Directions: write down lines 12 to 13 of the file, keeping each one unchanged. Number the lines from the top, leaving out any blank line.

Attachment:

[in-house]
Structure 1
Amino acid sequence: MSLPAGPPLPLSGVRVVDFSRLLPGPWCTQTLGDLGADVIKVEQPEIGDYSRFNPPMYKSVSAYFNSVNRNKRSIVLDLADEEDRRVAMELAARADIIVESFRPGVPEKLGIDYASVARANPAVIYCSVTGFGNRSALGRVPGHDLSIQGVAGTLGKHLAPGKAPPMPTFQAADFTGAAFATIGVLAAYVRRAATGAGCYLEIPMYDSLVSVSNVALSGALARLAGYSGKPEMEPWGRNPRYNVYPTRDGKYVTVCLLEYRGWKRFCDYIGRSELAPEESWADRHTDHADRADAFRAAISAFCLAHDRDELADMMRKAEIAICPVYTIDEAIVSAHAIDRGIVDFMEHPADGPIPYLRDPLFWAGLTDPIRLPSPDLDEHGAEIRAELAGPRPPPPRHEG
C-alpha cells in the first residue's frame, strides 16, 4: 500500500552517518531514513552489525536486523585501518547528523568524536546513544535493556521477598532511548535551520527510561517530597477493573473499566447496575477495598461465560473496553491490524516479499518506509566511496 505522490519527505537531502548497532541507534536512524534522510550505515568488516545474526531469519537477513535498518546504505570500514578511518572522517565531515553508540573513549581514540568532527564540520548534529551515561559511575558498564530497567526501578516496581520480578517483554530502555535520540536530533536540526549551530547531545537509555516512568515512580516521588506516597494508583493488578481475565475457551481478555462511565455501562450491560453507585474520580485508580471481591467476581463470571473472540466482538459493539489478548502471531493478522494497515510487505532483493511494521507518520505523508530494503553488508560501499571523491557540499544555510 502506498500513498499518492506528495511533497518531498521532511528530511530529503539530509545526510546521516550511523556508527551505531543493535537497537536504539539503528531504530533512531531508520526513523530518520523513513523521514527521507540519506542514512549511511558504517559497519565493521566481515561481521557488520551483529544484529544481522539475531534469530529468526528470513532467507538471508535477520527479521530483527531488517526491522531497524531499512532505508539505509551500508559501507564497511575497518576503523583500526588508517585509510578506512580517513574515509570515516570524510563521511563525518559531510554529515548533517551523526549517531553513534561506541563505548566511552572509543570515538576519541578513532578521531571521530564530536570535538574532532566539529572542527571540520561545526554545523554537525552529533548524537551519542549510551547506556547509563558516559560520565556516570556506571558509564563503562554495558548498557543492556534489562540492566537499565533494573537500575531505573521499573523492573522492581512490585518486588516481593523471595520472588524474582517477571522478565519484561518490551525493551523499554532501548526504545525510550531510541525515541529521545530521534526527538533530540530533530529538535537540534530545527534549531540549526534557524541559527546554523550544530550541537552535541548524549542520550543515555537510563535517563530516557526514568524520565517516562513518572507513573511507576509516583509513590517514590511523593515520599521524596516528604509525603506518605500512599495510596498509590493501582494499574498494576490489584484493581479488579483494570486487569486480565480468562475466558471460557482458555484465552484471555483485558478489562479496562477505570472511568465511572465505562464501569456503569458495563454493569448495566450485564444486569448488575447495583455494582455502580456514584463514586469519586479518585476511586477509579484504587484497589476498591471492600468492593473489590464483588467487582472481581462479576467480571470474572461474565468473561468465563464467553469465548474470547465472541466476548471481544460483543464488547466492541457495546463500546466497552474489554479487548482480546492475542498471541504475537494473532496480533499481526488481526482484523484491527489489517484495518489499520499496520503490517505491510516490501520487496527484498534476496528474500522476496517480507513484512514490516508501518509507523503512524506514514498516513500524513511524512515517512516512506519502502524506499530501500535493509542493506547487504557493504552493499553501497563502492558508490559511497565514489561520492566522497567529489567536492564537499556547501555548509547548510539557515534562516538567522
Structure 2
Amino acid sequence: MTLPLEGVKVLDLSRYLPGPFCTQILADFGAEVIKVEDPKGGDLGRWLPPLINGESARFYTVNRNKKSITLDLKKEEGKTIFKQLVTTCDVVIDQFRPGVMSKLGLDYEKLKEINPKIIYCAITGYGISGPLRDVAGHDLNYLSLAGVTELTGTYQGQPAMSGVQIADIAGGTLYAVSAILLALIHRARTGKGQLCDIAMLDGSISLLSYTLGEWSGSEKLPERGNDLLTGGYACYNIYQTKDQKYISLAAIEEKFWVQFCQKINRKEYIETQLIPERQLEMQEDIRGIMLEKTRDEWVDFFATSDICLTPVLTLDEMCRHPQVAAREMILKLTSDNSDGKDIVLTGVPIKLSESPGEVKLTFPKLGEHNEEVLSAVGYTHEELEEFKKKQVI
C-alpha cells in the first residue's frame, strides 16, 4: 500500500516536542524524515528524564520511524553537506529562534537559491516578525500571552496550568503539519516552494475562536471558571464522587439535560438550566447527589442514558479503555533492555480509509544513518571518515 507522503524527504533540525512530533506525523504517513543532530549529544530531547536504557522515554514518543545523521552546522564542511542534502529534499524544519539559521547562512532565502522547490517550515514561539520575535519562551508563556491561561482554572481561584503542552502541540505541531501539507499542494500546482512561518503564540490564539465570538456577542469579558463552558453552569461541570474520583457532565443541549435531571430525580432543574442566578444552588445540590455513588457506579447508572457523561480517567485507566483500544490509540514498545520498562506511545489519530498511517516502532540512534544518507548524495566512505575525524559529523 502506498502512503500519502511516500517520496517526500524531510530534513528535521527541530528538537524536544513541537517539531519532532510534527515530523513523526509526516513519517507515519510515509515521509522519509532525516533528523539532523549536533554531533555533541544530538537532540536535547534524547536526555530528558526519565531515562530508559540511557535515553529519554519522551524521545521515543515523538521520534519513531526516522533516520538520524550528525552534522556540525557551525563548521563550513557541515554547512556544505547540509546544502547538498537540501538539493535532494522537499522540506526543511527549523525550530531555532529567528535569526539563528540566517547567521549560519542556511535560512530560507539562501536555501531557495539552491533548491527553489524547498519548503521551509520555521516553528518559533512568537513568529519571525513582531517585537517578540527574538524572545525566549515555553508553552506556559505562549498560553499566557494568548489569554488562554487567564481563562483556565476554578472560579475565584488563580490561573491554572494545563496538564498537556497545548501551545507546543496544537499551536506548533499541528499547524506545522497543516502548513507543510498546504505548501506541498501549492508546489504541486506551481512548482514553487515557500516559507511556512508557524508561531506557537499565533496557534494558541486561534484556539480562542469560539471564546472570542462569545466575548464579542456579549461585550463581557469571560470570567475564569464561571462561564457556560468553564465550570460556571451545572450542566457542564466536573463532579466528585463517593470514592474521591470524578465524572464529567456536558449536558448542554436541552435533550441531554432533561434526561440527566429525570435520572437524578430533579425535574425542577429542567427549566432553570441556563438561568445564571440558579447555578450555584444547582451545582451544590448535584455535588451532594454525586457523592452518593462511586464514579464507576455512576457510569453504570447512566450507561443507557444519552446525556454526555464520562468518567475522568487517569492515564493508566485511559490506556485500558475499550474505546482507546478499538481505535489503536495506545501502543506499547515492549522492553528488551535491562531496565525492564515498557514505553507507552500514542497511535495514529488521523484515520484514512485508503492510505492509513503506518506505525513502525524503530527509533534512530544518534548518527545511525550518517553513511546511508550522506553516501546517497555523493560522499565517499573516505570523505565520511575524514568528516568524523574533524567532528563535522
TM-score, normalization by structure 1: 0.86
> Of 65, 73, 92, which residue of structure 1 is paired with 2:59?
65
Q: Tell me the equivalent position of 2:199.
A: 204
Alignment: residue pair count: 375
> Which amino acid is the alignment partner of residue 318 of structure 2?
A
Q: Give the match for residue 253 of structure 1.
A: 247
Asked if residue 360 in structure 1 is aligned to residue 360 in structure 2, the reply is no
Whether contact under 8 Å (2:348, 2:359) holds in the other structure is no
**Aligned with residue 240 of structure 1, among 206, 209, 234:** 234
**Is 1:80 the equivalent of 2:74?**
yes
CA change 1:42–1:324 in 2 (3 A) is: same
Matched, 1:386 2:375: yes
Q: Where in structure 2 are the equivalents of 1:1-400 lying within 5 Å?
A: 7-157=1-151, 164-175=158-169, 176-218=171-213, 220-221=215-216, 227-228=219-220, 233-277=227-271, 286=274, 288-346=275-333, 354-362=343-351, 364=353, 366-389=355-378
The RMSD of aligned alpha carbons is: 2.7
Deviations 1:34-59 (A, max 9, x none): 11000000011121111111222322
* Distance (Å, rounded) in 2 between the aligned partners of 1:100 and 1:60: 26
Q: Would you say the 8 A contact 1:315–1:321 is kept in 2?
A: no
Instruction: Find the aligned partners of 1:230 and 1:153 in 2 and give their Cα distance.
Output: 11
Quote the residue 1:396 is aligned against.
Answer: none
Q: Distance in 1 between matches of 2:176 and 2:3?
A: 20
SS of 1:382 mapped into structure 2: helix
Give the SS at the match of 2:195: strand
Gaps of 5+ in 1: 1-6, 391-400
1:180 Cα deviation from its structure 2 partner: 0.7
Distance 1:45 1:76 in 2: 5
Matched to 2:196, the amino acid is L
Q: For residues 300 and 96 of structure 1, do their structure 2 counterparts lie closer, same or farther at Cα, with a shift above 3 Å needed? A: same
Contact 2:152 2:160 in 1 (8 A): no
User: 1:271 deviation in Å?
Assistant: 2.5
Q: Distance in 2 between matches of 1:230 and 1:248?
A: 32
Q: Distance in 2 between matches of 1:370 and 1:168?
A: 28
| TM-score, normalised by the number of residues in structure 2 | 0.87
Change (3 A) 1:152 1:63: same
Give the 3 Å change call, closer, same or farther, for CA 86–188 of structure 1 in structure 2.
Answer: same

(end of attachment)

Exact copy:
A: 204
Alignment: residue pair count: 375